The great issue of any campaign is not what human policy shall prevail but how much of spiritual intelligence is to be demonstrated. To the student of Christian Science it must be clear that the replacement of all forms of materialism with reliance on Spirit is the only way of progress. As Mrs. Eddy says on page 492 of Science and Health: “These two contradictory theories—that matter is something, or that all is Mind—will dispute the ground, until one is acknowledged to be the victor. Discussing his campaign, General Grant said: ‘I propose to fight it out on this line, if it takes all summer.’ Science says: All is Mind and Mind’s idea. You must fight it out on this line. Matter can afford you no aid.”

Now for any human sense of things there must be the true idea. There must be, for instance, true economy of administration, the true way of preserving peace, true regulation of business, and so on. By earnestly reasoning for one’s self as to what the divine Mind knows in every connection, each one can discern and have the full advantage of the right idea. There is the true, divine concept of policy and even of partisanship. One needs simply to be partisan to the policy of following demonstrable Principle in all circumstances. This is the one right side to choose. Whoever in any government has really expressed Principle in any degree is deserving, to that extent, of our gratitude, though not of any abject adulation; and whatever has veritably been of Principle in any activity endures forever, while its suppositional opposite lapses into its native nothingness.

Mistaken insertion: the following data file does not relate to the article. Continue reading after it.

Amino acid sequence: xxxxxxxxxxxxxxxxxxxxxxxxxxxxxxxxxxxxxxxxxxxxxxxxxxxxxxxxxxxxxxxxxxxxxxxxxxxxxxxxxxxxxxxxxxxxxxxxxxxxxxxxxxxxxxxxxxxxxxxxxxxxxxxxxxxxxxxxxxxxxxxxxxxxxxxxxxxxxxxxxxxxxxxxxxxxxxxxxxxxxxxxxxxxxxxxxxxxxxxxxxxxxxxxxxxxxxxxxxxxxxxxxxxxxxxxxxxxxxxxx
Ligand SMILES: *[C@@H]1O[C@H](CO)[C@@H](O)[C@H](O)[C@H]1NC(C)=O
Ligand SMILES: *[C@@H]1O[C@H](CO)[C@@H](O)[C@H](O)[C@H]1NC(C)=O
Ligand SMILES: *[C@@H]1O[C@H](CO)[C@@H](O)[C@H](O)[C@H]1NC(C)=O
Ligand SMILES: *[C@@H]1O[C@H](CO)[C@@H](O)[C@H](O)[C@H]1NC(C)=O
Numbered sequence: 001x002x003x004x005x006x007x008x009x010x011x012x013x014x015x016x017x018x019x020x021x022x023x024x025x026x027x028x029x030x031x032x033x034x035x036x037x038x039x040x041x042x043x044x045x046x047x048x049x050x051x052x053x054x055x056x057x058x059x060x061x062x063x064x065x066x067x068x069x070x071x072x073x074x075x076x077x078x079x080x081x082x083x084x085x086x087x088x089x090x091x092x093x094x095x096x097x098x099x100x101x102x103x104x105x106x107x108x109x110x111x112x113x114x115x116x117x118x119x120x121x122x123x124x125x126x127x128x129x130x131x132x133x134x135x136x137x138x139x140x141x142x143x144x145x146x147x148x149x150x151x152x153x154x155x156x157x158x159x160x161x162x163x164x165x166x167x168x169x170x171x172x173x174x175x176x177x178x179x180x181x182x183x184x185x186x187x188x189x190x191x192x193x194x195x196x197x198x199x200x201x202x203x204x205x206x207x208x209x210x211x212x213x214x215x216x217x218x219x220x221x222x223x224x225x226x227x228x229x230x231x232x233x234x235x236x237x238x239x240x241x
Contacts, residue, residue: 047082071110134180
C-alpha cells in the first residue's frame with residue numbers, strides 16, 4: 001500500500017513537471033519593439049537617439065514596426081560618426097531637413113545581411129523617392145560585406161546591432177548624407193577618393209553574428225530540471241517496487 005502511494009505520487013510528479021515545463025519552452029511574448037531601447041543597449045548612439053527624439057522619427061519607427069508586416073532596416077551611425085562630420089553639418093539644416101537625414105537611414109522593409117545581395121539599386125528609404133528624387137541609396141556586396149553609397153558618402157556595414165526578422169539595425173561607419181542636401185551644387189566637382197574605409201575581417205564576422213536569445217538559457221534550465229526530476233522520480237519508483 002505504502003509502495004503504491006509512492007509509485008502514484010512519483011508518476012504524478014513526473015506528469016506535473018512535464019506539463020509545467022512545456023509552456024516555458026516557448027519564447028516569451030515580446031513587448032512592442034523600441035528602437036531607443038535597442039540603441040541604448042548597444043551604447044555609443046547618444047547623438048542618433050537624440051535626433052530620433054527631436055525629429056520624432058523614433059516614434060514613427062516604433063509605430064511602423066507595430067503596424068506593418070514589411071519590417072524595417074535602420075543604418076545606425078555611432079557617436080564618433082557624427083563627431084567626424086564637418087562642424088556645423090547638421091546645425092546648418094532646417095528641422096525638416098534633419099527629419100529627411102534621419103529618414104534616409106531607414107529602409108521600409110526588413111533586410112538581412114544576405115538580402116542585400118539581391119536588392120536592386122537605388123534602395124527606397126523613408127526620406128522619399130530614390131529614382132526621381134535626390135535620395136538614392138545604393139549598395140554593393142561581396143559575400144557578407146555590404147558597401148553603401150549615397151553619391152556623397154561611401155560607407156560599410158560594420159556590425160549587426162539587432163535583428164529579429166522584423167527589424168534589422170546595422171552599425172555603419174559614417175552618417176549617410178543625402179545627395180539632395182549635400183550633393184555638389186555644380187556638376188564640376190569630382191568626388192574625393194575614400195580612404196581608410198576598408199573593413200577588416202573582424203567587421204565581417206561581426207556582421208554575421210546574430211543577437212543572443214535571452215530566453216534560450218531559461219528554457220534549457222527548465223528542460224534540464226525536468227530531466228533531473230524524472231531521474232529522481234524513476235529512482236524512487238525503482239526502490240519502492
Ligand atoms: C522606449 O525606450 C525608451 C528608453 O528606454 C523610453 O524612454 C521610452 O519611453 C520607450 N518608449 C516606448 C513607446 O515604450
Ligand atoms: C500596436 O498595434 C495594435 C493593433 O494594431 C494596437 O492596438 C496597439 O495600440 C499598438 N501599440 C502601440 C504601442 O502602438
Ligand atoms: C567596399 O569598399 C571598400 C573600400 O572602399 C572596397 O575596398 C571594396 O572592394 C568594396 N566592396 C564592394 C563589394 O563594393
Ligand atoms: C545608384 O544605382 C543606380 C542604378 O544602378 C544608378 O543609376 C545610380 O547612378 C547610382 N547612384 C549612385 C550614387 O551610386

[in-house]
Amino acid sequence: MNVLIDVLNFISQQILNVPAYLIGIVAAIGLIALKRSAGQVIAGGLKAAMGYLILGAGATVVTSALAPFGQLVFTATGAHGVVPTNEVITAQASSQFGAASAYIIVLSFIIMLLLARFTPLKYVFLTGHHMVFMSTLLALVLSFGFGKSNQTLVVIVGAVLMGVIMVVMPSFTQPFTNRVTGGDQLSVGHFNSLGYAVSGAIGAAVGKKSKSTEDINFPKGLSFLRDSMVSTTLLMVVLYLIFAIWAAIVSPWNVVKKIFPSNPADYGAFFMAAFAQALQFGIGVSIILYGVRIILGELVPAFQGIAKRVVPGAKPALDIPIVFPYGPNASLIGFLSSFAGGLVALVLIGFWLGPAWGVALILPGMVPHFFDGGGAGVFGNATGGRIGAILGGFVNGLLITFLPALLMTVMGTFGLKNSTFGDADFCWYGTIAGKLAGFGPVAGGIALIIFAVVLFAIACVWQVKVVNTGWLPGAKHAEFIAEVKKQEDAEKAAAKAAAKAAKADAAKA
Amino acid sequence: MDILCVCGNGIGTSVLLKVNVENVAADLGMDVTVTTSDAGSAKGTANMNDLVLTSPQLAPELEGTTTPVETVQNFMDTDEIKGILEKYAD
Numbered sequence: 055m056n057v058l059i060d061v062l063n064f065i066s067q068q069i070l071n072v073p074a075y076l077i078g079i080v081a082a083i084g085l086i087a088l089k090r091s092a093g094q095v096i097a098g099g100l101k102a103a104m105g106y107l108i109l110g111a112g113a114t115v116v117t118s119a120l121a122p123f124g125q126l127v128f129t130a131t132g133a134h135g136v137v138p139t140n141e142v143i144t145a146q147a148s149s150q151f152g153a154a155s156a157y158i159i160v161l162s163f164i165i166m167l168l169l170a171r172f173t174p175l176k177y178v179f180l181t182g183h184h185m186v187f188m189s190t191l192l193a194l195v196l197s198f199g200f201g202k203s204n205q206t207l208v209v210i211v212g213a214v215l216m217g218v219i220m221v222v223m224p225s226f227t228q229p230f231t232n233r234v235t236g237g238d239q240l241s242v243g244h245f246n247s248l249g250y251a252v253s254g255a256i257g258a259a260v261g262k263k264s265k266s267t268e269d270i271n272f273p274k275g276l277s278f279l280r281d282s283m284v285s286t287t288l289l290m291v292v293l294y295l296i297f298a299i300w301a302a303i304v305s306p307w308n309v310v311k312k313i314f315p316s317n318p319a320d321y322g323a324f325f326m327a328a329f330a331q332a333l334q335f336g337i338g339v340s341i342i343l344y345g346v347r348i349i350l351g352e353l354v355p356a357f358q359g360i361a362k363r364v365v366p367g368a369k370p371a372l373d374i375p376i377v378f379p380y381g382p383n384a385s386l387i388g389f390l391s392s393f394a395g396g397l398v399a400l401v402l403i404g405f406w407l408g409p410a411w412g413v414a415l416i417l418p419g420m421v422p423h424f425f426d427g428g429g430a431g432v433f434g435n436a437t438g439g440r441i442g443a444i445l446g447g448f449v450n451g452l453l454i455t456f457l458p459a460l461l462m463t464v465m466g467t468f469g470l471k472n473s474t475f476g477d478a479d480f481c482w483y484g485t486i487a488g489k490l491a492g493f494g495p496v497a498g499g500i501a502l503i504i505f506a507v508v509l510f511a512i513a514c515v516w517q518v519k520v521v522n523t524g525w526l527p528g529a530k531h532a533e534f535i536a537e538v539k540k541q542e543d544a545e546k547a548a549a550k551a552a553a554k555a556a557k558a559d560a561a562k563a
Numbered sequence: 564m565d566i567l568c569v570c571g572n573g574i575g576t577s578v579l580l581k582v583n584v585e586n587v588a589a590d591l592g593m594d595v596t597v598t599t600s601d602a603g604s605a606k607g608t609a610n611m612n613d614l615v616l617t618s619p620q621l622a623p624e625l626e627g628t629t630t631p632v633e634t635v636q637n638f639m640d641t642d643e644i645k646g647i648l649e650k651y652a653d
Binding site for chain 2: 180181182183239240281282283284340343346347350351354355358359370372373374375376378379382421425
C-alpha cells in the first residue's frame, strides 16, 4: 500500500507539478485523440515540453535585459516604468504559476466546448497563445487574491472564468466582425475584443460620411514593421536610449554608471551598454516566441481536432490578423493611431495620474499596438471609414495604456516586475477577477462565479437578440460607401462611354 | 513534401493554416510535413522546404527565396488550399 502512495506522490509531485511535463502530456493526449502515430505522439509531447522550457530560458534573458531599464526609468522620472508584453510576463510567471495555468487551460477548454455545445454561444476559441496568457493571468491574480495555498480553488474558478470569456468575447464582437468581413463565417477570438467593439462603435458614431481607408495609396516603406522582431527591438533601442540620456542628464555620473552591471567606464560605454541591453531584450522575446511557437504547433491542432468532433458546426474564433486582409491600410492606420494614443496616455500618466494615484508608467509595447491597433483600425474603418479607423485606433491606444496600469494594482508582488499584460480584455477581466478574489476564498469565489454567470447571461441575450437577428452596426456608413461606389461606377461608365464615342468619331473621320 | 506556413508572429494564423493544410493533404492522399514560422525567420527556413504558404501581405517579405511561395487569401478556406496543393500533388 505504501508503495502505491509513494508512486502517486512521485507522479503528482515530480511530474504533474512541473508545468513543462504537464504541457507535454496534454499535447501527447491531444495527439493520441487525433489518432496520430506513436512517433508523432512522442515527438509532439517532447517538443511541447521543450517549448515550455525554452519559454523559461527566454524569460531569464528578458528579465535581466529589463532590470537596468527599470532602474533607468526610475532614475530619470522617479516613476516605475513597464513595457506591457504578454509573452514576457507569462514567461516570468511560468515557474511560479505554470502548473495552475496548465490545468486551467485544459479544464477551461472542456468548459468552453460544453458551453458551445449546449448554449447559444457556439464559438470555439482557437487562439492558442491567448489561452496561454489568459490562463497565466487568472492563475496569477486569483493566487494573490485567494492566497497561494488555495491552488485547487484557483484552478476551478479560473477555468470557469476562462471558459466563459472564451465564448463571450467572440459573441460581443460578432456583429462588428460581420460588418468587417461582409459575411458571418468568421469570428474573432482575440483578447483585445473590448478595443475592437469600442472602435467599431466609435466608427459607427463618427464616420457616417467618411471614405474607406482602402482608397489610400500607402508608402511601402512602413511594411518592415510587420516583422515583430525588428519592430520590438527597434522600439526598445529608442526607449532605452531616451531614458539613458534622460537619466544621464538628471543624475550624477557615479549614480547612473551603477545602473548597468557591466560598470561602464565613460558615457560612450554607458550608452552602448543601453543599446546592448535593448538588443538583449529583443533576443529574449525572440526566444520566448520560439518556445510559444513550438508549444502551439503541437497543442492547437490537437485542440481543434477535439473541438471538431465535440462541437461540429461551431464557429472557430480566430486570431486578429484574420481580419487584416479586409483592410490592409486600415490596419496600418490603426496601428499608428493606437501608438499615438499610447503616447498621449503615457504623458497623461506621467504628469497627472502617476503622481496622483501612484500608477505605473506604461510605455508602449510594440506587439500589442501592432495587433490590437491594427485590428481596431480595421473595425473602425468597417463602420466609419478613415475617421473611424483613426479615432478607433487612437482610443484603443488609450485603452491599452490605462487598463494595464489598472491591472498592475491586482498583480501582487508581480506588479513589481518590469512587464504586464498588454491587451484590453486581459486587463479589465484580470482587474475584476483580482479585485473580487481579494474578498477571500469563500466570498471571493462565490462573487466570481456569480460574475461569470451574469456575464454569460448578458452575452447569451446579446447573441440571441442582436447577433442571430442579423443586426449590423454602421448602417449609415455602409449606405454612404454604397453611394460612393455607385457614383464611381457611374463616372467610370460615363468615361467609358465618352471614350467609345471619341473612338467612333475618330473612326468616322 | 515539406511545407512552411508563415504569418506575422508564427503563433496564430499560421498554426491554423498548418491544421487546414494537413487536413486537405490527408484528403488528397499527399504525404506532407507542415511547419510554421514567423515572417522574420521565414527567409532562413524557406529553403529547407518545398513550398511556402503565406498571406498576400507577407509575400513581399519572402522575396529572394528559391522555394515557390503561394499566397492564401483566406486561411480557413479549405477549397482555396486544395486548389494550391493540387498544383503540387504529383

Something of the need for the true partisanship, which is a standing for the right, Mrs. Eddy indicates on page 266 of “Miscellaneous Writings,” “To be two-sided, when these sides are moral opposites, is neither politic nor scientific; and to abridge a single human right or privilege is an error.” On the preceding page of the same article she writes, moreover: “Diverse opinions in Science are stultifying. All must have one Principle and the same rule; and all who follow the Principle and rule have but one opinion of it. The fact is that the one, infinite, divine Principle requires and maintains one infinitely right action. Each one who demonstrates this for himself is aiding in the permanent purification of politics.

(Originally published in the September, 1920 Christian Science Journal)